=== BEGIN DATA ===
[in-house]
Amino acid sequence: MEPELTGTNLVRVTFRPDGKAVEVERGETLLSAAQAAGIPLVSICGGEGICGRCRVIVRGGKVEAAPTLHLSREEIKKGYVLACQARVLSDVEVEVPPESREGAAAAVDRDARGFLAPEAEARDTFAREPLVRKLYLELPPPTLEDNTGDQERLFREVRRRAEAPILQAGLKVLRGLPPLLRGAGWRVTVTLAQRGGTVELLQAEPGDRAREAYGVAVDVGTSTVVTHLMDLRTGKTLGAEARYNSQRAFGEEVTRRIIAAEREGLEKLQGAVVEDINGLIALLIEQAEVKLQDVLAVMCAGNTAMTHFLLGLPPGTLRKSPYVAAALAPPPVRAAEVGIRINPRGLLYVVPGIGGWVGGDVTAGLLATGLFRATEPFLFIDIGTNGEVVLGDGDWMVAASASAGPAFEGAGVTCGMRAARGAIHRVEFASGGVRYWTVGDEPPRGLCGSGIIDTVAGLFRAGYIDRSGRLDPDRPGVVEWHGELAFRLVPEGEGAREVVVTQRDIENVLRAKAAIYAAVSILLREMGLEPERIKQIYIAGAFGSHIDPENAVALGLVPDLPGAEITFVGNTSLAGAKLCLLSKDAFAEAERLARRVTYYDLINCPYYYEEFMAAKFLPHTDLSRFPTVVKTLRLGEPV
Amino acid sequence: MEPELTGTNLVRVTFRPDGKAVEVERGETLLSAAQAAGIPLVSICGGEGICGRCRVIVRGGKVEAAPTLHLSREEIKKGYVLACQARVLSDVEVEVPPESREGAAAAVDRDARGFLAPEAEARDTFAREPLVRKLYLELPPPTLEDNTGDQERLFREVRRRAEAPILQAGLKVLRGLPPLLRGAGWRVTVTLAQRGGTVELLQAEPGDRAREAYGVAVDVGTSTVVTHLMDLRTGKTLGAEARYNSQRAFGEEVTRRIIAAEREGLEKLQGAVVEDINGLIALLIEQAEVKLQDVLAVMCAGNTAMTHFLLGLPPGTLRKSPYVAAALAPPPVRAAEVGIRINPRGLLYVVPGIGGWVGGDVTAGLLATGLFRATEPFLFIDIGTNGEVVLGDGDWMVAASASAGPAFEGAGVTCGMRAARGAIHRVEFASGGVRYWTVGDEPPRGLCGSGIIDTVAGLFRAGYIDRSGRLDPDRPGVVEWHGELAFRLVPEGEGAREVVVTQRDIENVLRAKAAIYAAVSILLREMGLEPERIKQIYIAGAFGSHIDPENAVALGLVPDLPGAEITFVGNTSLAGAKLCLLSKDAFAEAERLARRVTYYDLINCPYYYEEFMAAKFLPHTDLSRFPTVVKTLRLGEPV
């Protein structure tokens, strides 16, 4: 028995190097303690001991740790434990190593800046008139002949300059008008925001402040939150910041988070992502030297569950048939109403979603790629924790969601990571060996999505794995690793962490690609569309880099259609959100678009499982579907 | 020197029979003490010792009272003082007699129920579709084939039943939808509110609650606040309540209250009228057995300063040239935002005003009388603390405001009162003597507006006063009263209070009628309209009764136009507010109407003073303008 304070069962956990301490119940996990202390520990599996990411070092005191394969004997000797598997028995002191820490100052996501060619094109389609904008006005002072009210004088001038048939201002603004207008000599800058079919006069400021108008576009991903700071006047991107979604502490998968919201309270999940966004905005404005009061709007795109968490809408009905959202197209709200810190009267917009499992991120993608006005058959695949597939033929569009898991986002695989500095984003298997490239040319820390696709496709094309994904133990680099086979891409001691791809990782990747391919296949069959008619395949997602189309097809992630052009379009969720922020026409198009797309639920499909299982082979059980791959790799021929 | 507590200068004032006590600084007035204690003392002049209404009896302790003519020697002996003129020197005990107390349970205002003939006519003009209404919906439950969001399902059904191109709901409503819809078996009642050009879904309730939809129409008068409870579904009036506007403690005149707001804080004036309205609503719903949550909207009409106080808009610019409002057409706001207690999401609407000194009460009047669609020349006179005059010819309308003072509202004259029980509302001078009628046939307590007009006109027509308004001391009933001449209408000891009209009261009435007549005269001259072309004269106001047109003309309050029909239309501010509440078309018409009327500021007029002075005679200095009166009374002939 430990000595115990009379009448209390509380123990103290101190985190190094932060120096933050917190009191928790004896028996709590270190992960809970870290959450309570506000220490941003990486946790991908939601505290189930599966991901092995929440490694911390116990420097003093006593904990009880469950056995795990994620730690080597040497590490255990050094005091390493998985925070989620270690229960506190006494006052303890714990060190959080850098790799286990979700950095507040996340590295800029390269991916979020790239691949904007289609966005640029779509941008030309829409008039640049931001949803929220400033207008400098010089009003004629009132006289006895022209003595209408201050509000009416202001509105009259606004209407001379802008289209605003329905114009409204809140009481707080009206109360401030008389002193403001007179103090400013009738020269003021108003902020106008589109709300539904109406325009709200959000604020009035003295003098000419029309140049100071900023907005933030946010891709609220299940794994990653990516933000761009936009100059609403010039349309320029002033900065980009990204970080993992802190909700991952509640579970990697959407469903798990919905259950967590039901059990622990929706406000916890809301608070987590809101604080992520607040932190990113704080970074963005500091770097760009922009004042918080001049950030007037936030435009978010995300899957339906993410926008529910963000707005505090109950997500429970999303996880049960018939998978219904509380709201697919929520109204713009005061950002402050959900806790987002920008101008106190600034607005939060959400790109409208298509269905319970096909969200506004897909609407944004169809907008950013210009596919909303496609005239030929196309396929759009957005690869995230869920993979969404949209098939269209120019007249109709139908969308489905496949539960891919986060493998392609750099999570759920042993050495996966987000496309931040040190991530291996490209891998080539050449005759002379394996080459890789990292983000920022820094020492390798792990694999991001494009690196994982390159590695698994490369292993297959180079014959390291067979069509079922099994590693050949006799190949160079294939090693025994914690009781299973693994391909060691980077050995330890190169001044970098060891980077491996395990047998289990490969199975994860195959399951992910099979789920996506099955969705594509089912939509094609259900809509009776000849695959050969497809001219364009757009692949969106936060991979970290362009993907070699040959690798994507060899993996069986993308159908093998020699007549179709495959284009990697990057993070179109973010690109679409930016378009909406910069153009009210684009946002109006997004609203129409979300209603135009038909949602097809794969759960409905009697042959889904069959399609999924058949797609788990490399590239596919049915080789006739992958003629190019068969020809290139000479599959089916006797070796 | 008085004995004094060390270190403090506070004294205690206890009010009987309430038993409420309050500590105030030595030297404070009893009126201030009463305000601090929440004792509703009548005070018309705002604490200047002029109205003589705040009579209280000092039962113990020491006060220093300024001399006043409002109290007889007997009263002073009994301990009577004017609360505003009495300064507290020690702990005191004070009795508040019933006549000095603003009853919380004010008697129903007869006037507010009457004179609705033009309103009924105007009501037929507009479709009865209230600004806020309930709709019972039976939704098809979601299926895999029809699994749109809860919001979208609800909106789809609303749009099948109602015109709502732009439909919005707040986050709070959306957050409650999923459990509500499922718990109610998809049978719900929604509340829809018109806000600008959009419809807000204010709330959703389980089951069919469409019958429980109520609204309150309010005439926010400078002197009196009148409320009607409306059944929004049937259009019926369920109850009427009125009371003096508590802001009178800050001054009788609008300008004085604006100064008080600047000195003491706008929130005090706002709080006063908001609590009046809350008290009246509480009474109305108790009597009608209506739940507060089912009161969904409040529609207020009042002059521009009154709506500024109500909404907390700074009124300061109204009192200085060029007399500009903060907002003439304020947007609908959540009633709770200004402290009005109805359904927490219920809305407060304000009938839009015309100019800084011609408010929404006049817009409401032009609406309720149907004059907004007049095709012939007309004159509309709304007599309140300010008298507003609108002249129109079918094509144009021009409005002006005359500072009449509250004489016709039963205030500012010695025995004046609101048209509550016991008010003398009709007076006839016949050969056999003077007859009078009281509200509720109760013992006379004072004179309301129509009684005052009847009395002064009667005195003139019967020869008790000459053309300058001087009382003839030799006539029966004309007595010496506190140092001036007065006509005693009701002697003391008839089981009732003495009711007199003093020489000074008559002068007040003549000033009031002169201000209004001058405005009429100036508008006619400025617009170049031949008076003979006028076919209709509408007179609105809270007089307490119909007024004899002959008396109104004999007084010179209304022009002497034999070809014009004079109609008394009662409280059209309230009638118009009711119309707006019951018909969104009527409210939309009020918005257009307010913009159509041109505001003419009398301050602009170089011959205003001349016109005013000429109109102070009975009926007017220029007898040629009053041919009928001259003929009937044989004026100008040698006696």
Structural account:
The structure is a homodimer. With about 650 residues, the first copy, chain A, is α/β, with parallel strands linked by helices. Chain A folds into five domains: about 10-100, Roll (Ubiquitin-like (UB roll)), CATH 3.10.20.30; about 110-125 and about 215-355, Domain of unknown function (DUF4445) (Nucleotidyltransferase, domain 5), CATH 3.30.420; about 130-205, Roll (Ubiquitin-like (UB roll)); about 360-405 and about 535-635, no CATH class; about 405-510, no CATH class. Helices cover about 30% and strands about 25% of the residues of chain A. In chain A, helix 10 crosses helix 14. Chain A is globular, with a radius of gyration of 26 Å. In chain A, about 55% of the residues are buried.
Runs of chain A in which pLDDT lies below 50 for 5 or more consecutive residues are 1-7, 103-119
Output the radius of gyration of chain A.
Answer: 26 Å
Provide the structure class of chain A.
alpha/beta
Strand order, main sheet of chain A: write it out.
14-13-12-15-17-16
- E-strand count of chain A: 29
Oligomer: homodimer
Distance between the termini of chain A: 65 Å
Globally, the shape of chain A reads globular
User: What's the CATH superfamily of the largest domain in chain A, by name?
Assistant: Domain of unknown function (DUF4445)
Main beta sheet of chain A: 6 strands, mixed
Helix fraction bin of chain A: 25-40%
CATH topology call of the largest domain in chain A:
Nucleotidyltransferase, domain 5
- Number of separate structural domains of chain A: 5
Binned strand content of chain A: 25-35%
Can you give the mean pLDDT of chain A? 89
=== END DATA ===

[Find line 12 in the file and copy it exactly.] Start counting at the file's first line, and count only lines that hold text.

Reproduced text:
Strand order, main sheet of chain A: write it out.